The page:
Willie’s follow-on assignment was as the Operations Officer in VQA-132.  It was during this assignment that he learned of his selection by NASA into the Astronaut Program. Barry flew out and met with Willie and the Commanding Officer of VAQ-132.  As the Squadron Operations Officer during the midst of work-up for a West Pacific Carrier deployment; Willie was very concerned that his departure to NASA would leave them shorthanded.  The Commanding Officer knew what a privilege this opportunity was both to Willie and the Navy and reasoned with him on how important it was to the EA-6B Prowler community.  With that, Willie headed to NASA and his Naval aviation career was put on hold.  As a Naval aviator, Willie flew 24 different aircraft, logging over 2,800 flight hours with more than 400 carrier arrestments.
 
Once committed to the Space Program, Willie undertook two years of training at the Johnson Space Center in Houston before achieving qualification as a Space Shuttle pilot.  The NASA Class of 1996 earned the nickname “Sardines” due the sheer number of prospective astronauts.  Unfortunately, Willie and his crew would have to wait longer than normal for their opportunity to go to space.  First, his crew was bumped due to the necessity to retrieve and repair the Hubble Space Telescope and later for an emergency resupply of the International Space Station.
 
While NASA kept the crew busy in Houston awaiting their mission, Willie still found time to enjoy his passion for running and spending time with the family.  Willie’s son, Cameron, remembered his father rousing them for early morning runs.  After the crash, NASA astronauts remembered Willie’s devotion to his family and memories of soccer games amongst their small and tight community.  This period of their life would be the last memories they would share together.
  
As Willie prepared to launch into space in early 2003, he gathered small symbols that represented each chapter of his life for the journey.  A rally towel from his high school in Lubbock, a pennant flag that highlighted Navy’s dominance over Army throughout his coach’s career, and a Guam flag that was carried during the first Liberation Parade provided by former Guam Congressman Robert Underwood.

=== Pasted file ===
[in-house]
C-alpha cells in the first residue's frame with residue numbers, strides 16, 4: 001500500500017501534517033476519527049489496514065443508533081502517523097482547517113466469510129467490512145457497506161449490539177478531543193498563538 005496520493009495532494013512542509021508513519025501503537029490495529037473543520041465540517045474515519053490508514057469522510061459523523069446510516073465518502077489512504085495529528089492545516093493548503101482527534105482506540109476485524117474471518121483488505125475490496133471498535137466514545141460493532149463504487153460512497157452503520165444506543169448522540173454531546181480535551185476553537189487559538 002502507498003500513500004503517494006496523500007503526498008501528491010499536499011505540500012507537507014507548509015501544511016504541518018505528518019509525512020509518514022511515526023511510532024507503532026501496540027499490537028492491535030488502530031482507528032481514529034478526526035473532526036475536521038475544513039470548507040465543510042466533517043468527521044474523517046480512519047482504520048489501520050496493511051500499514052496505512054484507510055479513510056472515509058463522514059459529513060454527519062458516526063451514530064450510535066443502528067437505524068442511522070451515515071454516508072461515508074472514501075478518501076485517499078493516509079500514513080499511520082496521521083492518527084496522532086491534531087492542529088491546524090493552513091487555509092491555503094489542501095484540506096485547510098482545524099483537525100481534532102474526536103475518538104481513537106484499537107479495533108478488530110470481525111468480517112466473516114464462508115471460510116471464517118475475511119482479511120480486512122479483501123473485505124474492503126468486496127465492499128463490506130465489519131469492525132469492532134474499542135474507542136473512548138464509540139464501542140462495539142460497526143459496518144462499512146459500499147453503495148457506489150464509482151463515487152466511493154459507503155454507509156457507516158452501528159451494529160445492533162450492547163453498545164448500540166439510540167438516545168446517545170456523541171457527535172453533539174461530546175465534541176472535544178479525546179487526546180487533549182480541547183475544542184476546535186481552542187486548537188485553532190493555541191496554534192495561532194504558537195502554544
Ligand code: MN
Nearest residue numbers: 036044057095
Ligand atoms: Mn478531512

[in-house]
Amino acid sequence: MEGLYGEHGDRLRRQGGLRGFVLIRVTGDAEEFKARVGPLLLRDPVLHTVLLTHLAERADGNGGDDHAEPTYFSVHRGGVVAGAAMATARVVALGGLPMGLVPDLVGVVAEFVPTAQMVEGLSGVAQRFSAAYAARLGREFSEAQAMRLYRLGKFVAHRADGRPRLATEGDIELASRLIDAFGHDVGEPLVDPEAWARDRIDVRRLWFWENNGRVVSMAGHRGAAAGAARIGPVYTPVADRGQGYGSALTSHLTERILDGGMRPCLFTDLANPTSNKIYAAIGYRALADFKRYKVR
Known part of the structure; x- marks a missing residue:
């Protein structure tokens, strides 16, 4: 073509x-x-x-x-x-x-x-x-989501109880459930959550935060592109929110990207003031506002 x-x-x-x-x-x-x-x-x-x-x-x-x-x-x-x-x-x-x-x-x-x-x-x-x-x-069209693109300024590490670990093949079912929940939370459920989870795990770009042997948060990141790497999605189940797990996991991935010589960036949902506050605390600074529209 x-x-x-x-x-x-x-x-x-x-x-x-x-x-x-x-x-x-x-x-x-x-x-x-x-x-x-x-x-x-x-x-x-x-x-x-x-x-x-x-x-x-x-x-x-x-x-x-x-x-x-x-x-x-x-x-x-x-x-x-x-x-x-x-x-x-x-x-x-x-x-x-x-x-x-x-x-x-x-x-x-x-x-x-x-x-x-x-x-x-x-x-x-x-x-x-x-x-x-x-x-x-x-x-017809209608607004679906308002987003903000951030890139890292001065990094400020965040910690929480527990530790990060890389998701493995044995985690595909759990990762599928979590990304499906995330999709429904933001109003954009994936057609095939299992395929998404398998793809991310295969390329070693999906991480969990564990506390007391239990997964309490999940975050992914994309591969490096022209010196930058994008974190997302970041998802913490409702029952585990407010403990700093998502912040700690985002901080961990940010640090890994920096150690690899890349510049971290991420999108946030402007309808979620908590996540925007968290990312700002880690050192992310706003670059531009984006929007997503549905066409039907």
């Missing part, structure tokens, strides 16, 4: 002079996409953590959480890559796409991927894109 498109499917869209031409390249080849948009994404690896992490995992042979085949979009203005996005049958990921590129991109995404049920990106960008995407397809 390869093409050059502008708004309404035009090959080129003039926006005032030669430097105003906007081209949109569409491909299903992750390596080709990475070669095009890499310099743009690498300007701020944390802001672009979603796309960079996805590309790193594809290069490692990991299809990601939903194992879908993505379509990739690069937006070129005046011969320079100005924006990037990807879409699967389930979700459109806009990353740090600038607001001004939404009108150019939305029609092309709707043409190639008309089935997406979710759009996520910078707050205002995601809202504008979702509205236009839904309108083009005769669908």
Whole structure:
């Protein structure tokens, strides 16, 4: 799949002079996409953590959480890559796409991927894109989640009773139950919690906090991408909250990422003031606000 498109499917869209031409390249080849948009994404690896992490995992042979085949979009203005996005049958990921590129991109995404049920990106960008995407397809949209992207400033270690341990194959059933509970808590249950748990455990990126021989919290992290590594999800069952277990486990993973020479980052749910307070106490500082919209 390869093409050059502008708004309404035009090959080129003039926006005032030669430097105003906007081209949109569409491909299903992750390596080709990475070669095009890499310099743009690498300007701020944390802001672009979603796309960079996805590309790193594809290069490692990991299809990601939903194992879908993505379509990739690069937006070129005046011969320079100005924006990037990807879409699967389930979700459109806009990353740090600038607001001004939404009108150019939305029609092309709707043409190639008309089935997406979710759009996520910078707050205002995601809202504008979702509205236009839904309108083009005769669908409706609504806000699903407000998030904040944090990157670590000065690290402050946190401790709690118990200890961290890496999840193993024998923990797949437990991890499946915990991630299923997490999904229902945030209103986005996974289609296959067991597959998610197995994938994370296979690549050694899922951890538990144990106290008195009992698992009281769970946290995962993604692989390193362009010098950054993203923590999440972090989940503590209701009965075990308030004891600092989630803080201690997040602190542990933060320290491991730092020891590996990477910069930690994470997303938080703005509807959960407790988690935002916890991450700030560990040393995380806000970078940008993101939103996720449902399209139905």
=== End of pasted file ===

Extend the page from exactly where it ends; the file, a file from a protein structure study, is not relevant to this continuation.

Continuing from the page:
THE MISSION
As most of us remember, NASA’s post-incident investigation determined the primary cause and contributing factors that led to the loss of the Space Shuttle Columbia actually occurred during the launch and not during reentry.  NASA’s findings indicated:
 
At 81.7 seconds after launch, when the Shuttle was at about 65,600 feet and traveling at Mach 2.46 (1,650 mph), a large piece of handcrafted insulating foam came off an area where the Orbiter attaches to the External Tank.  At 81.9 seconds, it struck the leading edge of Columbia’s left wing.  This event was not detected by the crew on board or seen by ground support teams until the next day, during detailed reviews of all launch camera photography and videos. This foam strike had no apparent effect on the daily conduct of the 16-day mission.
 
The foam strike discovered the next day alarmed at least one NASA engineer.  The L.A. Times published a report in the months after the accident that NASA Chief Engineer Rodney Rocha expressed concerned over the potential damage to Columbia’s thermal protection system that “could present potentially grave hazards and that heating could occur in the most critical locations inside the orbiter’s left wing.” (LA Times, Apr. 1, 2003)  As early as Jan. 22, 2003, Rocha encouraged NASA officials to request the use of spy satellites to fully understand the extent of damage, if any, to the left wing of the Orbiter.  This request gained no traction and outside of internal emails amongst NASA engineers, it was not openly discussed with the Columbia crew.
 
The Shuttle Columbia (STS-107) was specifically configured as a scientific and research mission platform.  In that, they used the robust payload capacity to conduct over 80 experiments by working around the clock in rotating shifts throughout the mission.  To conduct these scientific missions, the Columbia (STS-107) did not carry the equipment necessary to dock with the International Space Station (ISS).  Furthermore, redirecting the Columbia from their current orbit to intercept the space station would have been nearly impossible.  Although a number of potential rescue theories emerged in the post-incident investigation, it is important to remember that NASA officials were not overly concerned during the mission itself.
  
In the early morning of Feb. 1, 2003, the Columbia crew enjoyed their final hours orbiting earth.  A video recovered after the crash shows the crew laughing and commenting about the plasma shield that begins to take shape around the shuttle during reentry.
   
As the shuttle entered the earth’s atmosphere, Columbia reached speeds of Mach 24.5 that generated a tremendous amount of heat from compressed atmospheric gases due to their supersonic speed.  As temperatures rose to an estimated 3,000 degrees Fahrenheit on parts of the orbiter’s exterior, structural components within the left wing overheated and ultimately failed.  On the ground at Mission Control, NASA operators received a series of alarms as indicators either failed or reach limits beyond measurement.  Mission Control struggled to grasp the severity of the alarms, they sent a capsule communicator message to the crew notifying them of the indicator alarms and potential lost of tire pressure in both landing gear.  Shuttle Commander Rick Husband responded, “Roger, uh, bu- “ (voice cut off in mid-sentence].  It was the last communication received from Columbia’s crew.